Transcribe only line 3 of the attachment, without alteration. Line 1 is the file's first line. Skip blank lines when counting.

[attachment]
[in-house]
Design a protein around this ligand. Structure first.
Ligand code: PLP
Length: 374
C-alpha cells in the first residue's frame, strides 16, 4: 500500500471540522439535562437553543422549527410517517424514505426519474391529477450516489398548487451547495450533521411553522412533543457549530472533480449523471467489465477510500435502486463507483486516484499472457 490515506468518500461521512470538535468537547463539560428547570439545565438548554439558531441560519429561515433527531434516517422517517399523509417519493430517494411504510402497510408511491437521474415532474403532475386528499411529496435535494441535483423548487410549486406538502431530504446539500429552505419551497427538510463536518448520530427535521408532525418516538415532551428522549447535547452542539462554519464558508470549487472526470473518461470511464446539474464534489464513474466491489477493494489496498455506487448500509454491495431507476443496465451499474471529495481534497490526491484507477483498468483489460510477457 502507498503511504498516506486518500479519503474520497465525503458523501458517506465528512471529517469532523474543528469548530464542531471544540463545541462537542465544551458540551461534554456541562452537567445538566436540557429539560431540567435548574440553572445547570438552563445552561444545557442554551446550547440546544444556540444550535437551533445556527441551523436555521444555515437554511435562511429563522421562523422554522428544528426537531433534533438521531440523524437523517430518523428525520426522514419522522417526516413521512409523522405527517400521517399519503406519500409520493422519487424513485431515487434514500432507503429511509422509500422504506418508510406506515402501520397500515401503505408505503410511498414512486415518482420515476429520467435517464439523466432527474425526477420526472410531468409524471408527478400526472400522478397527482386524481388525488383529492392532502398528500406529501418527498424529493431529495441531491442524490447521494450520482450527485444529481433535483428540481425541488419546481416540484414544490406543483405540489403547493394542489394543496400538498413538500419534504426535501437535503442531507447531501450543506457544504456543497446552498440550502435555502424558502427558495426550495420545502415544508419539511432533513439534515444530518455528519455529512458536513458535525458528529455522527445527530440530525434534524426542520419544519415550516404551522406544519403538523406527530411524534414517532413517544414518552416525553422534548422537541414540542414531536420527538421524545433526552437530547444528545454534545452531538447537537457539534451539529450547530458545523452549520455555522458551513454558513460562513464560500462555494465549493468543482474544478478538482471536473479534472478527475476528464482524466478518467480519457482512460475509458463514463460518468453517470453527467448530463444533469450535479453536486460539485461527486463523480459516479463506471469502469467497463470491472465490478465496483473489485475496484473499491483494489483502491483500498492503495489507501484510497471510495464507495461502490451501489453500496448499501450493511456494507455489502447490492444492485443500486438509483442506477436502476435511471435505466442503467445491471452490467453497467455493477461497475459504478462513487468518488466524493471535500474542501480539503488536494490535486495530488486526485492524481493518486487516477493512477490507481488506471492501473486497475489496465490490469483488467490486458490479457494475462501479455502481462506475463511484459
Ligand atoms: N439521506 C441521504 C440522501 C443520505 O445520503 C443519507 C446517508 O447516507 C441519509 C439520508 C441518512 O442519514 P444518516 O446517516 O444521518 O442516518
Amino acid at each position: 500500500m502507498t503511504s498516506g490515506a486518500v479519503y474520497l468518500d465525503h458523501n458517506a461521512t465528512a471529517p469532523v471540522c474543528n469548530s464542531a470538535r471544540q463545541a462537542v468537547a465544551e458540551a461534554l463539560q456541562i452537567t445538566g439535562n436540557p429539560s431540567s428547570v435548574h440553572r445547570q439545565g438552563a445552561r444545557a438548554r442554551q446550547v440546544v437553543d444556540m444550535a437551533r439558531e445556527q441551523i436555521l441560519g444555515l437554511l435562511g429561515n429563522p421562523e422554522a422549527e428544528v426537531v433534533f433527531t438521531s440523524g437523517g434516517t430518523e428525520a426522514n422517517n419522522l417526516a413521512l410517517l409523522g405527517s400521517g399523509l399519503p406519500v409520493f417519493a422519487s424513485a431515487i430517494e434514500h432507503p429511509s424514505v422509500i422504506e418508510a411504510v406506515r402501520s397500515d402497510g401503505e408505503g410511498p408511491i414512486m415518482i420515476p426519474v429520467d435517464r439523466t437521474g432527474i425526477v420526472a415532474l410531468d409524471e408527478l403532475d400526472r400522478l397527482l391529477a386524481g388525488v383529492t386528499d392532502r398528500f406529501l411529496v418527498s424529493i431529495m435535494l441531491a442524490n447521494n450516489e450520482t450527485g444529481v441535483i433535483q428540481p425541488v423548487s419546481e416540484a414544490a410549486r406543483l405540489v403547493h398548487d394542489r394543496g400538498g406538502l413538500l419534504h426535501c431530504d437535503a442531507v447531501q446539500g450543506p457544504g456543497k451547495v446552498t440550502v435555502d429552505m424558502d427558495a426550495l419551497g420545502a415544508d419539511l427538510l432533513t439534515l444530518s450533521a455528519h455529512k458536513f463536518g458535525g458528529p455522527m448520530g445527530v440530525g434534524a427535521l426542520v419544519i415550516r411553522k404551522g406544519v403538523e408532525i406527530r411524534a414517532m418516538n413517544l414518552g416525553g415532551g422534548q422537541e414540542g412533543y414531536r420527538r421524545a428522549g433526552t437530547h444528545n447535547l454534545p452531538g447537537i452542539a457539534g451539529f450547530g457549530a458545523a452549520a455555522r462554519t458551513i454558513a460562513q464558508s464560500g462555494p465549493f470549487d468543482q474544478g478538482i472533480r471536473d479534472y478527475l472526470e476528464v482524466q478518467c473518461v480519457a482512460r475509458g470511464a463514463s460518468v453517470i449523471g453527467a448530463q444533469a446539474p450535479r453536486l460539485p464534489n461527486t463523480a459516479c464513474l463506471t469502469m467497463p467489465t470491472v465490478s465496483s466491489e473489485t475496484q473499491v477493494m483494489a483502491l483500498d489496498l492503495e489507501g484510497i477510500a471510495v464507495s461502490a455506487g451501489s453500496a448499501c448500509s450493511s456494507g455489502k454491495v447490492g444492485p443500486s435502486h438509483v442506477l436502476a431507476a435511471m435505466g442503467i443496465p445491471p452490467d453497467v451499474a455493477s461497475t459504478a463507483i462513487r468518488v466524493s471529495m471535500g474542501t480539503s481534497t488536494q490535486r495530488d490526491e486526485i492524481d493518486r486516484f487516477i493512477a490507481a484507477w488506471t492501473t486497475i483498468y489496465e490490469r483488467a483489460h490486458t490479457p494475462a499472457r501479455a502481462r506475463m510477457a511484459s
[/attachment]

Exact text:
Ligand code: PLP